Lesions caused by cardiovascular flukes (Digenea : Spirorchidae) in stranded green turtles (Chelonia mydas)

Gordon, AN, Kelly, WR and Cribb, TH (1998) Lesions caused by cardiovascular flukes (Digenea : Spirorchidae) in stranded green turtles (Chelonia mydas). Veterinary Pathology, 35 1: 21-30. doi:10.1177/030098589803500102

Author Gordon, AN
Kelly, WR
Cribb, TH
Title Lesions caused by cardiovascular flukes (Digenea : Spirorchidae) in stranded green turtles (Chelonia mydas)
Journal name Veterinary Pathology   Check publisher's open access policy
ISSN 0300-9858
Publication date 1998
Sub-type Article (original research)
DOI 10.1177/030098589803500102
Open Access Status Not Open Access
Volume 35
Issue 1
Start page 21
End page 30
Total pages 10
Language eng
Abstract Evidence of infection with spirorchid flukes (Digenea: Spirorchidae) was sought at necropsy of 96 stranded green turtles, Chelonia mydas, that were examined during the course of a survey of marine turtle mortality in southeastern Queensland, Australia. Three species of spirorchid (Hapalotrema mehrai, H. postorchis, and Neospirorchis schistosomatoides) were identified. Severe disease due to spirorchid fluke infection (spirorchidiasis) was implicated as the principal cause of mortality in 10 turtles (10%), and appeared to be one of multiple severe problems in an additional 29 turtles (30%). Although flukes were observed in only 45% of stranded C. mydas in this study, presumed spirorchid fluke infection was diagnosed in an additional 53% of turtles, based principally on characteristic necropsy lesions and to a lesser extent on the histopathological detection of spirorchid eggs. Characteristic necropsy lesions included miliary spirorchid egg granulomas, which were observed most readily on serosal surfaces, particularly of the small intestine. Cardiovascular lesions included mural endocarditis, arteritis, and thrombosis, frequently accompanied by aneurysm formation. Resolution of thrombi was observed to occur via a combination of granuloma formation about indigestible components (spirorchid fluke egg shells) and exteriorization through the vessel wall, which resulted in granulomatous nodules on the adventitial surface. Septic aortic thrombosis complicated by disseminated bacterial infection, observed in five turtles, was recorded for the first time. Egg granulomas were ubiquitous in turtle tissues throughout this study. Although they generally appeared to be mild or incidental lesions, they were occasionally associated with severe multifocal granulomatous pneumonia or meningitis.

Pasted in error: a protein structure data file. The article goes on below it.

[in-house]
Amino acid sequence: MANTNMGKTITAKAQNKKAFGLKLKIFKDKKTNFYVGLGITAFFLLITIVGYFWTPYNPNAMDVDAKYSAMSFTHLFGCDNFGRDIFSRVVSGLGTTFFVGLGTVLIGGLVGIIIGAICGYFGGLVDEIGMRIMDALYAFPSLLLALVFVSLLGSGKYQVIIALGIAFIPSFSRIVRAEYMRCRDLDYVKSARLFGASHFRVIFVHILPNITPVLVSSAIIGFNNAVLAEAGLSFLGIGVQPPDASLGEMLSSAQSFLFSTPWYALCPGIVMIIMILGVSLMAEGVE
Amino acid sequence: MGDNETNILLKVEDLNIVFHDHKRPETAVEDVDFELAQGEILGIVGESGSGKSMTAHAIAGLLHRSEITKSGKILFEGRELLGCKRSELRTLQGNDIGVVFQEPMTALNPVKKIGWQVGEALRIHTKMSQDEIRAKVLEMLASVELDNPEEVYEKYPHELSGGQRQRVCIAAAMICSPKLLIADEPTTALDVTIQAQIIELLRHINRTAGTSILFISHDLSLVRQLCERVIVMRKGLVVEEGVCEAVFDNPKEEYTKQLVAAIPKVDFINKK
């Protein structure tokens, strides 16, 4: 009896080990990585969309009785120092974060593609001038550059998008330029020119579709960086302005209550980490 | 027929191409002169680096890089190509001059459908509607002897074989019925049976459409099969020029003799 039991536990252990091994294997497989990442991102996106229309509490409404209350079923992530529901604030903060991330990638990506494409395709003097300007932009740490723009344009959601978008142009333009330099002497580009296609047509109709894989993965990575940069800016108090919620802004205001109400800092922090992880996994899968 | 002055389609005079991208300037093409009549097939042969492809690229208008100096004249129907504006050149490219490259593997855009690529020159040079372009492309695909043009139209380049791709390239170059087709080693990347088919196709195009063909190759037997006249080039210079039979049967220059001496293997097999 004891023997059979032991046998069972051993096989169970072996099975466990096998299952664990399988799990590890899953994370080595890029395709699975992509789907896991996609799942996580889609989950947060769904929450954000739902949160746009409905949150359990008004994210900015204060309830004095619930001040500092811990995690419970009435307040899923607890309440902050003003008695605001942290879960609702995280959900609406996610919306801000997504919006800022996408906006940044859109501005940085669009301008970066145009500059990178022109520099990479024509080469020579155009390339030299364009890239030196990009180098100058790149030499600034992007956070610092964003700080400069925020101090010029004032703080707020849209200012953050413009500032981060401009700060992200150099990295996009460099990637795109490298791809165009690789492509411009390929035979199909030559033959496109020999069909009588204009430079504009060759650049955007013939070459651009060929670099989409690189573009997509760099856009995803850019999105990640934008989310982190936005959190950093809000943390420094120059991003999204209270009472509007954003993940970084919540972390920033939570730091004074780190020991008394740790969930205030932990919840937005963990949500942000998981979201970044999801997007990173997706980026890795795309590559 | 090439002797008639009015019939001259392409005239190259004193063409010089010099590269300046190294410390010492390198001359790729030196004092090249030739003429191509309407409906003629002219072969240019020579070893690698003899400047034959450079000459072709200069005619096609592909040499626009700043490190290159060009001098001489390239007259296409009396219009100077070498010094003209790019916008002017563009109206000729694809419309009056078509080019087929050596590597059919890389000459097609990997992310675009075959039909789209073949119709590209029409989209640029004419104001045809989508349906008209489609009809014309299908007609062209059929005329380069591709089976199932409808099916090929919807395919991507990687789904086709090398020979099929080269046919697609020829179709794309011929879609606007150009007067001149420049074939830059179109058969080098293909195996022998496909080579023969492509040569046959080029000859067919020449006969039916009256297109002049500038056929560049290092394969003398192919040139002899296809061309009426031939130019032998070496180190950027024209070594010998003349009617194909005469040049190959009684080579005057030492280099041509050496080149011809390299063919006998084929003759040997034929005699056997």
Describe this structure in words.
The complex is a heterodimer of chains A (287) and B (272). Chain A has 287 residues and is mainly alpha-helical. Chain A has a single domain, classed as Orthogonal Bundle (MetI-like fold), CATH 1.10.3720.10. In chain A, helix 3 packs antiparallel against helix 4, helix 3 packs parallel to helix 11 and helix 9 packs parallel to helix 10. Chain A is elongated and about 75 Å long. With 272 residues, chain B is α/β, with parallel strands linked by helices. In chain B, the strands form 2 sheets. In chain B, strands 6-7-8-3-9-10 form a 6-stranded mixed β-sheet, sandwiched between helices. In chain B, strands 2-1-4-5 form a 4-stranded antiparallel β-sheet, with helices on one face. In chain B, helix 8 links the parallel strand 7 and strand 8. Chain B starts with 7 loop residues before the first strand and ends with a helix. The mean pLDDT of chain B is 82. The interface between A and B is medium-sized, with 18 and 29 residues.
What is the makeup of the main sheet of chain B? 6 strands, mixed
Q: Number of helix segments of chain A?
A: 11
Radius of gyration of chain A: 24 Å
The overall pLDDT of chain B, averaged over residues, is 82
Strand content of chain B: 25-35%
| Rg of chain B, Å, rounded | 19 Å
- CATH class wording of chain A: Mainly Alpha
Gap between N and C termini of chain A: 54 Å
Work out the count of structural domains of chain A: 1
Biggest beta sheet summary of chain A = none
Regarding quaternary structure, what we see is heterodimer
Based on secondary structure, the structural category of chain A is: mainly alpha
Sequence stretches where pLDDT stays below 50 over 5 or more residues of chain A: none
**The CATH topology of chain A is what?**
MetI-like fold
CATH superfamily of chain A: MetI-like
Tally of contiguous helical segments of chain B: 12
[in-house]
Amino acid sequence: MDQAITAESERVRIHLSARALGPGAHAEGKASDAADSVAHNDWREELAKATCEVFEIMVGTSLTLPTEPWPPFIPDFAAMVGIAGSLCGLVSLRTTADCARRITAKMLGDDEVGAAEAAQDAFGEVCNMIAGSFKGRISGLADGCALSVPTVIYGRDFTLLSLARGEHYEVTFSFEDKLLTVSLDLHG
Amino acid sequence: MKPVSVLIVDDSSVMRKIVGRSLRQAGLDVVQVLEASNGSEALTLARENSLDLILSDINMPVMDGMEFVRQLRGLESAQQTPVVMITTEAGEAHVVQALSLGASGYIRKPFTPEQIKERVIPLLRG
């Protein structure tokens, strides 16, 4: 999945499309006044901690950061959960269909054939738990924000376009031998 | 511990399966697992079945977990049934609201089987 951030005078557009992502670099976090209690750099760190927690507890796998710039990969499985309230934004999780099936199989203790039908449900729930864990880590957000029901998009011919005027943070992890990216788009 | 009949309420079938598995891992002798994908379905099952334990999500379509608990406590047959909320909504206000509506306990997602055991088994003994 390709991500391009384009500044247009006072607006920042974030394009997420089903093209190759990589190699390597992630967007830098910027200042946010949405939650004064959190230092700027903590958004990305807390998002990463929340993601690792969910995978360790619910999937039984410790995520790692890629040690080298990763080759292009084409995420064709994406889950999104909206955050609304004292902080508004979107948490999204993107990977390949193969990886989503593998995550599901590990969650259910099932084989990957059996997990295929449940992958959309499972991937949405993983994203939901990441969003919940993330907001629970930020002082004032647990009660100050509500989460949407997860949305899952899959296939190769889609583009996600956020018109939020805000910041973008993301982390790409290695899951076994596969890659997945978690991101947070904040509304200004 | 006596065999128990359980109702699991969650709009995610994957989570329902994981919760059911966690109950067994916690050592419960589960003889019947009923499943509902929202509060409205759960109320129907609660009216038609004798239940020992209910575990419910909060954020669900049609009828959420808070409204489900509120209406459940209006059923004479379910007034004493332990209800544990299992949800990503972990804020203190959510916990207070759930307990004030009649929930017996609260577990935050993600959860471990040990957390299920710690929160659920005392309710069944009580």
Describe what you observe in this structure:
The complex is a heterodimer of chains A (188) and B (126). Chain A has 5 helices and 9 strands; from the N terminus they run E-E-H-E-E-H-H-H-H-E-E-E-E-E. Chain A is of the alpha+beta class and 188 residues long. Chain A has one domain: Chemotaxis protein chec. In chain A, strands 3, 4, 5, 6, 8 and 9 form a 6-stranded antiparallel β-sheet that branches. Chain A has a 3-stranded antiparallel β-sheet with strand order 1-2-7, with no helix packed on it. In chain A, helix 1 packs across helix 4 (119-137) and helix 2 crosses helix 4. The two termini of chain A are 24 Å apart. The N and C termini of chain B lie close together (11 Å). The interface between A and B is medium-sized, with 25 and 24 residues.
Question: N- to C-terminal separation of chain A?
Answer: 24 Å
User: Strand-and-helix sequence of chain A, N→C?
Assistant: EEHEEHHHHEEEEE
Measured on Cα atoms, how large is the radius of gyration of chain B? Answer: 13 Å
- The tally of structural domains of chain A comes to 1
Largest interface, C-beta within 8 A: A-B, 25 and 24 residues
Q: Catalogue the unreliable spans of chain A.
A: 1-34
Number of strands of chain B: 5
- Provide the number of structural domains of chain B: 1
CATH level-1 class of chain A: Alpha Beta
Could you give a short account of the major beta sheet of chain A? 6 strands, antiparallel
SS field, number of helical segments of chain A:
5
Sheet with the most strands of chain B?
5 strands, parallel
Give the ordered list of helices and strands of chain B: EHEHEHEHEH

Keyword Pathology
Veterinary Sciences
Cardiovascular Diseases
Chelonia Mydas
Disease Survey
Green Turtles
Spirorchid Fluke
Q-Index Code C1
Q-Index Status Provisional Code
Institutional Status Unknown

Document type: Journal Article
Sub-type: Article (original research)
Collection: School of Chemistry and Molecular Biosciences
Version Filter Type
Citation counts: TR Web of Science Citation Count  Cited 41 times in Thomson Reuters Web of Science Article | Citations
Google Scholar Search Google Scholar
Created: Mon, 13 Aug 2007, 10:17:57 EST